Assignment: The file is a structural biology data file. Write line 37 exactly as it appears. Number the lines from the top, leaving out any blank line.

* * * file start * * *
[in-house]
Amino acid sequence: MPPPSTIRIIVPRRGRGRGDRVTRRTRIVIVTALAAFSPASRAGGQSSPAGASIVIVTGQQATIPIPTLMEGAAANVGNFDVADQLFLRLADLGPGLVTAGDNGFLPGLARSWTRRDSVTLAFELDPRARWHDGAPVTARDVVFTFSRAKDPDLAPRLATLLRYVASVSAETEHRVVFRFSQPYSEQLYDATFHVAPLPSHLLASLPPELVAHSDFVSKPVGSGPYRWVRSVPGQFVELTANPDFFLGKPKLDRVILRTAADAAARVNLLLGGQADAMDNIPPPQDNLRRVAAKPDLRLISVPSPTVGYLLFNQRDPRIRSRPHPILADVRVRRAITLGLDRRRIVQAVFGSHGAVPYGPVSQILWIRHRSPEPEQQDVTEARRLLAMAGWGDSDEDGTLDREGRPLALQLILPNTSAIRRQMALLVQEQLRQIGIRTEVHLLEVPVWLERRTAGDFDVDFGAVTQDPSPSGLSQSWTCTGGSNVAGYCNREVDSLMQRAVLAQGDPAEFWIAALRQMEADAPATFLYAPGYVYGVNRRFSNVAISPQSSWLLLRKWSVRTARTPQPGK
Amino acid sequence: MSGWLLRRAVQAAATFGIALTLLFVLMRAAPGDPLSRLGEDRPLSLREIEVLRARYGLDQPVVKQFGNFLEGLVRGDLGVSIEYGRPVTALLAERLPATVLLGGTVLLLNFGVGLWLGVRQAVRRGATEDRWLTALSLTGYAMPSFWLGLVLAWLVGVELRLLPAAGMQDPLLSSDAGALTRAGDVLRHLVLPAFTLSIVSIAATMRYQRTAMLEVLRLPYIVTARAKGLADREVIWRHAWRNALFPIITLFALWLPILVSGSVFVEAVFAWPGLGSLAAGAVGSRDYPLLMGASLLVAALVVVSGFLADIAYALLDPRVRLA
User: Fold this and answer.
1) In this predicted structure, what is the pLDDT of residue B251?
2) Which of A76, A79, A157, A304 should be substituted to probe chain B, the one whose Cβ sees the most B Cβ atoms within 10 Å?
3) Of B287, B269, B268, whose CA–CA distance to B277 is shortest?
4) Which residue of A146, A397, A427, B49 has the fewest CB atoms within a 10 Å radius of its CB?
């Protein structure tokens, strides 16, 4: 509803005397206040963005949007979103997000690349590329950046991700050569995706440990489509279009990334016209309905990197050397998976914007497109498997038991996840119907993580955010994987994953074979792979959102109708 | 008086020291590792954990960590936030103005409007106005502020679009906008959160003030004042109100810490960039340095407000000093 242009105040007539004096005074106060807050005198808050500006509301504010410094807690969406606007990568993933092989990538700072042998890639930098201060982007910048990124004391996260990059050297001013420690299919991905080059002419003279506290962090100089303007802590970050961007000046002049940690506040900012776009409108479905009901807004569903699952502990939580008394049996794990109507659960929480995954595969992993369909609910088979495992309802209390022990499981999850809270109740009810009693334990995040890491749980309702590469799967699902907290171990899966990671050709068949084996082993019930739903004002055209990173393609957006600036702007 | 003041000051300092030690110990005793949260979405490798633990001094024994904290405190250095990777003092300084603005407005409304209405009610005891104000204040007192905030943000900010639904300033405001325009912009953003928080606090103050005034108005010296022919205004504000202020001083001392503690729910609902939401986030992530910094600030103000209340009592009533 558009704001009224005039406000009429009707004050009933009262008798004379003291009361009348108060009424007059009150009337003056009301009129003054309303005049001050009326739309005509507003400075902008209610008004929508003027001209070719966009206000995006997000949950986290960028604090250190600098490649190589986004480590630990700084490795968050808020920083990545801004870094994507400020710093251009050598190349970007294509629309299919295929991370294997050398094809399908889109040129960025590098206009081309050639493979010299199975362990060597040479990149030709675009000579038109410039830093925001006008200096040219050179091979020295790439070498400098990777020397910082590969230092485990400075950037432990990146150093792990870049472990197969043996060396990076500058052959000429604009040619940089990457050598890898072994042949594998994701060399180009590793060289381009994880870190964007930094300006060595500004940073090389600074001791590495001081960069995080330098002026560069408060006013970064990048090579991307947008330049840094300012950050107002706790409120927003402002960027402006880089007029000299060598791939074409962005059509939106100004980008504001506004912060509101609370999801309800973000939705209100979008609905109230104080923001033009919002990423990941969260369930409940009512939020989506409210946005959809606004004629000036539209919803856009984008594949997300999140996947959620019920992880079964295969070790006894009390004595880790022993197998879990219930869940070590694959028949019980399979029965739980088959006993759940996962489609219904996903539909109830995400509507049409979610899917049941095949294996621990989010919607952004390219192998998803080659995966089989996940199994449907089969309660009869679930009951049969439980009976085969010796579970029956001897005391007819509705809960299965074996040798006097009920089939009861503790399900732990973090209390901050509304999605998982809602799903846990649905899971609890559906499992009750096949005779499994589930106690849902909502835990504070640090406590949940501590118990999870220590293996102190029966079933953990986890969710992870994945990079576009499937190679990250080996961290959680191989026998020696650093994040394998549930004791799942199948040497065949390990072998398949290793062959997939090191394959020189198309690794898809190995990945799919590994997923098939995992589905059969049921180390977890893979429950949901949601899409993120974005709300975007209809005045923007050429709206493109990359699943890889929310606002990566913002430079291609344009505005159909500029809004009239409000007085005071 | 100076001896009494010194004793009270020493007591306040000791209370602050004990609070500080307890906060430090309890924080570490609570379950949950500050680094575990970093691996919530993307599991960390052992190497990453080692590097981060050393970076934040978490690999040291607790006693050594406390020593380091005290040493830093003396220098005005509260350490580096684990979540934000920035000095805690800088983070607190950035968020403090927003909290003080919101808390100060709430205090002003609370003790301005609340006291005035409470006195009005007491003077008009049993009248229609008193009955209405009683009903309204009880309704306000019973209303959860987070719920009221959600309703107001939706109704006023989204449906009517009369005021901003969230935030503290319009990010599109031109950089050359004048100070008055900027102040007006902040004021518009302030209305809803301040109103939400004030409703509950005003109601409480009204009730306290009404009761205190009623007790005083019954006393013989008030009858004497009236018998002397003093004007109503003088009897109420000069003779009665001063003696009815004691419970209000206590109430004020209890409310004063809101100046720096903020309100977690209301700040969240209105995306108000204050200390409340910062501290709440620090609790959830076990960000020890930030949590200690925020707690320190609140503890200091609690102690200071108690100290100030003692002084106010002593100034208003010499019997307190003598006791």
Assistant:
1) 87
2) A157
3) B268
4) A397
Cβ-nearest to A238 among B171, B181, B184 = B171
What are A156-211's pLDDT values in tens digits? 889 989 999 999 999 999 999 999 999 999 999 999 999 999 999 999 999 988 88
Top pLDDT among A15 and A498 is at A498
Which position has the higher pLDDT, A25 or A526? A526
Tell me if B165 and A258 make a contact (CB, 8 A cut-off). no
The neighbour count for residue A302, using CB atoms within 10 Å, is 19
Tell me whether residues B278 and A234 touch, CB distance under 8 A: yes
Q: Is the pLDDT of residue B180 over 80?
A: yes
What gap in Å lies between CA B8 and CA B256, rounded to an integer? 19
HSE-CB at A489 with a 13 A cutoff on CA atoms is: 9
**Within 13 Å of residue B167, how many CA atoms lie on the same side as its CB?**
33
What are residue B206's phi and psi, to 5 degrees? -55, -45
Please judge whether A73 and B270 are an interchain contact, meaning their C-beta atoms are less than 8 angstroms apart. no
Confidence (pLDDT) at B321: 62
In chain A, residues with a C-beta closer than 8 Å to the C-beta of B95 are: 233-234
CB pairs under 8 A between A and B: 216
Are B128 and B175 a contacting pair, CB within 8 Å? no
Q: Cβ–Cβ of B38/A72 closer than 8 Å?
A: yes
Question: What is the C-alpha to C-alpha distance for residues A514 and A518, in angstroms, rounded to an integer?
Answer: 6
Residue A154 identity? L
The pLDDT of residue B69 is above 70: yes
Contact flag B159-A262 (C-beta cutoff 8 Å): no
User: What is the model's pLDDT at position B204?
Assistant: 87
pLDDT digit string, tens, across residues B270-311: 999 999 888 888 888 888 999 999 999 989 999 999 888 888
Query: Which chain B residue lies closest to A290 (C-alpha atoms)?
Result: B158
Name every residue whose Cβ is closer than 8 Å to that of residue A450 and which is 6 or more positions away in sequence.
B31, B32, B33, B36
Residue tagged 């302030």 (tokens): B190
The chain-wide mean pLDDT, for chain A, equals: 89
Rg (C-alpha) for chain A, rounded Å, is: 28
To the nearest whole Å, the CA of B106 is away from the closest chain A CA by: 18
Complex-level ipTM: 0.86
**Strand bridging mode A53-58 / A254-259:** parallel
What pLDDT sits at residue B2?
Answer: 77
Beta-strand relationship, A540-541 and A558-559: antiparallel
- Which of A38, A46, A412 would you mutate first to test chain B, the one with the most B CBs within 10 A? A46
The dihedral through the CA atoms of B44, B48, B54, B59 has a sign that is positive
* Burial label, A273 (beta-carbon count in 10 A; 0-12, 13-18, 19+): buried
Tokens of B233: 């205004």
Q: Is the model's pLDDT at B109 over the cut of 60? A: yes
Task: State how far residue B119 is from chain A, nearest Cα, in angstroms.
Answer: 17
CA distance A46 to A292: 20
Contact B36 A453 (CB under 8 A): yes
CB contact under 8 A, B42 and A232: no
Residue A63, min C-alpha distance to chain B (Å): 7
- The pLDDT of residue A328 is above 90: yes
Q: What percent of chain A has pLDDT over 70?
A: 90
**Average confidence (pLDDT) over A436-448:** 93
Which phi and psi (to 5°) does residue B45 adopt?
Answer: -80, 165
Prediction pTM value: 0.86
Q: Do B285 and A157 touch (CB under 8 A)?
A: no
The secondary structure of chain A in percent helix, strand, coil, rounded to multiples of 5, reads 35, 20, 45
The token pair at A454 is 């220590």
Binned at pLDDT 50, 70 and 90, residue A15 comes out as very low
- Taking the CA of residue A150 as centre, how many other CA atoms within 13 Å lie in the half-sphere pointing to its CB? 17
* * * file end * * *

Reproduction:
Answer: 6